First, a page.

Russians stoked controversy over KXL, Dakota Access — report

Source: Sam Mintz, E&E News reporter • Posted: Friday, March 2, 2018

Russian social media trolls associated with the same shadowy company recently indicted for attempts to tamper in U.S. elections made thousands of posts aimed at influencing American energy policy over the past two years, House Republicans said today.

An investigation by the House Science, Space and Technology Committee, which has been ongoing since last summer, found an estimated 9,097 posts or tweets from Russian accounts on energy between 2015 and 2017.

The accounts are tied to the Internet Research Agency, a Russian company under federal indictment along with 13 of its employees for allegedly attempting to influence the 2016 election.

Committee Republicans said more than 4 percent of all IRA tweets were related to energy or environmental issues, which it called a significant portion, compared to 8 percent of IRA tweets that were related to the election.

“Using the lightning rods of energy and environmental policy, the Russian agents affiliated with the IRA worked to influence public opinion in the U.S.,” the report says

Many of the posts targeted contentious pipeline projects, including Dakota Access and Keystone XL, and also lower-profile ones like Sabal Trail, Bayou Bridge and Colonial.

“Dakota Access Pipeline has already leaked 84 gallons of oil. Like if you want justice!” read one image macro, posted in May of last year on Facebook and Instagram by an account called Born Liberal.

Posts also focused on fossil fuels in general, as well as climate change. Another image macro from Born Liberal cheered the growth of wind energy in Iowa and called on other states to “abandon” fossil fuels.

Part of the committee’s investigation has included probing whether Russia “covertly” funded environmental groups, but not all of the social media efforts took traditionally liberal or environmentalist viewpoints.

“Many posts highlighted other viewpoints about the energy sector across the political and ideological spectrum and attempted to divide Americans based on geographic region,” the committee wrote.

One Facebook page, called “Heart of Texas,” made posts about being proud of drilling and calling climate change a scam.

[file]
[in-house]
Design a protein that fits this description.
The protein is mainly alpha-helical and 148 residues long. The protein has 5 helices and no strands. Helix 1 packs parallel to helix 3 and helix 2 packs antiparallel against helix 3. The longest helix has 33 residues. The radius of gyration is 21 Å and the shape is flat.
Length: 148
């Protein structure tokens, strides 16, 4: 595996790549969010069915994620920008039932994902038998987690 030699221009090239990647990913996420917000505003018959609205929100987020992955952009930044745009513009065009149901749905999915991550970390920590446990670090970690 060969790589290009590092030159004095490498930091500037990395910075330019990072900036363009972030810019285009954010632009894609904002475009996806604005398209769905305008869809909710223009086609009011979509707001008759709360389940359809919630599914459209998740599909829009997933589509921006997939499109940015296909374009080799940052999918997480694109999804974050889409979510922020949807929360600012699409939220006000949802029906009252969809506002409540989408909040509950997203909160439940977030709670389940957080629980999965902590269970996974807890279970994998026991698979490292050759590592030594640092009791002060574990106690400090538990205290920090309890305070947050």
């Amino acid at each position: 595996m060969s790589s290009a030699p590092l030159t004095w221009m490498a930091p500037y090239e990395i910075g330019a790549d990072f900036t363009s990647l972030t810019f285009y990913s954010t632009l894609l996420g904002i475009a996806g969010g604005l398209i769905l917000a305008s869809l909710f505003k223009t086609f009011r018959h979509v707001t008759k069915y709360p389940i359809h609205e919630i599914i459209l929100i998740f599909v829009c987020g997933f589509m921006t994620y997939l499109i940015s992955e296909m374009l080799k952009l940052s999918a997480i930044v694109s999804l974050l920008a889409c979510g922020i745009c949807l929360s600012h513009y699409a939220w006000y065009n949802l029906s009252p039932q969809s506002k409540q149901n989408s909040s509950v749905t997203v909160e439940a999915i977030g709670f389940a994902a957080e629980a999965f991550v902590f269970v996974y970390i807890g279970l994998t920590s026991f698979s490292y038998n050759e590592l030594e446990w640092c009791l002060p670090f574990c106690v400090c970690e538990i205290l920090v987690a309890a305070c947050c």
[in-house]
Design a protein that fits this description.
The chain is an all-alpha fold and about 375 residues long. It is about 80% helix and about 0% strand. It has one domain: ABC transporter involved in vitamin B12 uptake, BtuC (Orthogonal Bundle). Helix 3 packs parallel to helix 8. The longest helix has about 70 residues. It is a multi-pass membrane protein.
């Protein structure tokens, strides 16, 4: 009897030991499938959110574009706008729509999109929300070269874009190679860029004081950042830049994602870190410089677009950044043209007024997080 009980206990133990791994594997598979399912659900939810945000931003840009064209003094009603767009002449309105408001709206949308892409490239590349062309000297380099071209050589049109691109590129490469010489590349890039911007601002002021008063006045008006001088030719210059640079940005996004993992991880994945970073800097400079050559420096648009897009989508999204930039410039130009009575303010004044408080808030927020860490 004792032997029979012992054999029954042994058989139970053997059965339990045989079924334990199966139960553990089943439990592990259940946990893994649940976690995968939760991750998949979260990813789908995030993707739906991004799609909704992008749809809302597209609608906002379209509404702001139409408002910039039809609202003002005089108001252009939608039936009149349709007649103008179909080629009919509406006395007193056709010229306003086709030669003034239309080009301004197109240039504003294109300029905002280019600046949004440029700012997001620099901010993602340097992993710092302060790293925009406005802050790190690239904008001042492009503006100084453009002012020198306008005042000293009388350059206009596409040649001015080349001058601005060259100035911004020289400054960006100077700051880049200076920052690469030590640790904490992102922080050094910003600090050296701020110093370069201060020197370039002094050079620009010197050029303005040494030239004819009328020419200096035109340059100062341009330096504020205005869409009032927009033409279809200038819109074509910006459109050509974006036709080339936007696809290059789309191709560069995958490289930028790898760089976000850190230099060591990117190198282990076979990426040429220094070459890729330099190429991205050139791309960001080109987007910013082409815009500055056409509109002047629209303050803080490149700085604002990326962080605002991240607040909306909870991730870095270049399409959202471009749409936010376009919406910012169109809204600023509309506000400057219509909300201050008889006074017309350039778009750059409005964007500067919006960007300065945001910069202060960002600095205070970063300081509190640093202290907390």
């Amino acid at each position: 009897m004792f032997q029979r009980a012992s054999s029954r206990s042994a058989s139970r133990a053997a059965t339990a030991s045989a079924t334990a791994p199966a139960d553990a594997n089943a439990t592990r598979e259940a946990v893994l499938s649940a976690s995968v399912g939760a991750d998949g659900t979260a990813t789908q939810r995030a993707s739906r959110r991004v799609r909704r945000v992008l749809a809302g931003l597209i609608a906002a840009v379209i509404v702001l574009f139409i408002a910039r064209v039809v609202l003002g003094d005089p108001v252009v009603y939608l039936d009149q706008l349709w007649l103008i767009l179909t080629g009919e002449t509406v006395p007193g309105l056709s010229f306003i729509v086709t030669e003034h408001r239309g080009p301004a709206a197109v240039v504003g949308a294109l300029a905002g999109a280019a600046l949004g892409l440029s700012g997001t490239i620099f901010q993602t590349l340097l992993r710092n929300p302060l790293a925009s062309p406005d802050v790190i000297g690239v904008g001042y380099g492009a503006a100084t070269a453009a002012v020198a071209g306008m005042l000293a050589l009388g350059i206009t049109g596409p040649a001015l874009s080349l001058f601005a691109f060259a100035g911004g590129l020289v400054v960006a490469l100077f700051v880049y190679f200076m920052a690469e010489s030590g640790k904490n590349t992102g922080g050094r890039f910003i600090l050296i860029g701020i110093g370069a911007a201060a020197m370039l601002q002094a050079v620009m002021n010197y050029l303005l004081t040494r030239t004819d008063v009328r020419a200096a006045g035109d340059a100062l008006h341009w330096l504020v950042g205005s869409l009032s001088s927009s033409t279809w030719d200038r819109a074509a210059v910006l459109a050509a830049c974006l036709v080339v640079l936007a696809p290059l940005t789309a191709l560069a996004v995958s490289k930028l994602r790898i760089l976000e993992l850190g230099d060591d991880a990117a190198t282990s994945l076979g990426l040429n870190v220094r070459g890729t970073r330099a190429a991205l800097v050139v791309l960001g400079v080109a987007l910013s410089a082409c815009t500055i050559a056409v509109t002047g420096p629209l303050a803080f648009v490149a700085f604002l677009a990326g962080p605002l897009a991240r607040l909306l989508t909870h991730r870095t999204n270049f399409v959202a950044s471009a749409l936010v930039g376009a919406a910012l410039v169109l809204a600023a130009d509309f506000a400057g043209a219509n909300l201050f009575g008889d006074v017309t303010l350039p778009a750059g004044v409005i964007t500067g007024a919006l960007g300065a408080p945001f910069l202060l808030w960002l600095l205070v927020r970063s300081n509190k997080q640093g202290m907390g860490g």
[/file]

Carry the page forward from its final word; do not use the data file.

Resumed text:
The committee wrote, “By posting content that supports positions held by both liberals and conservatives alike, the Russians used social media to instigate and inflame discord in the United States.”

The panel said it will continue to work with social media companies and try to “identify further foreign interference in domestic energy policy.”

“The American people deserve to know if what they see on social media is the creation of a foreign power seeking to undermine our domestic energy policy,” said Chairman Lamar Smith (R-Texas) in a statement.

Committee Democrats received the report this morning and are still reviewing it, a spokesperson said. But they criticized Republicans’ singular focus on Russian attempts to influence energy policy.

“It is ‘incontrovertible’ that the Russians interfered in our 2016 election and repeatedly attempted to penetrate our election infrastructure, in stark contrast to the reassuring tone of the committee’s October 2016 hearing on election security,” said ranking member Eddie Bernice Johnson (D-Texas).

“Democrats on the Committee have repeatedly asked the chairman to look into this issue and have been ignored. To ignore known meddling in the very foundation of our democracy while focusing solely on Russia’s influence on the U.S. energy market — a market that is currently booming — seems irresponsible at best,” Johnson said.

Environmentalists and other energy policy advocates have also cautioned people against assuming Russian influence is to blame for support or opposition to projects.

Democrats on the House Natural Resources Committee sent a release saying, “The report offers little analysis of the posts’ overall policy impact — a striking omission considering that some of these central pieces of evidence, by the report’s own reckoning, received as few as five shares on Facebook.”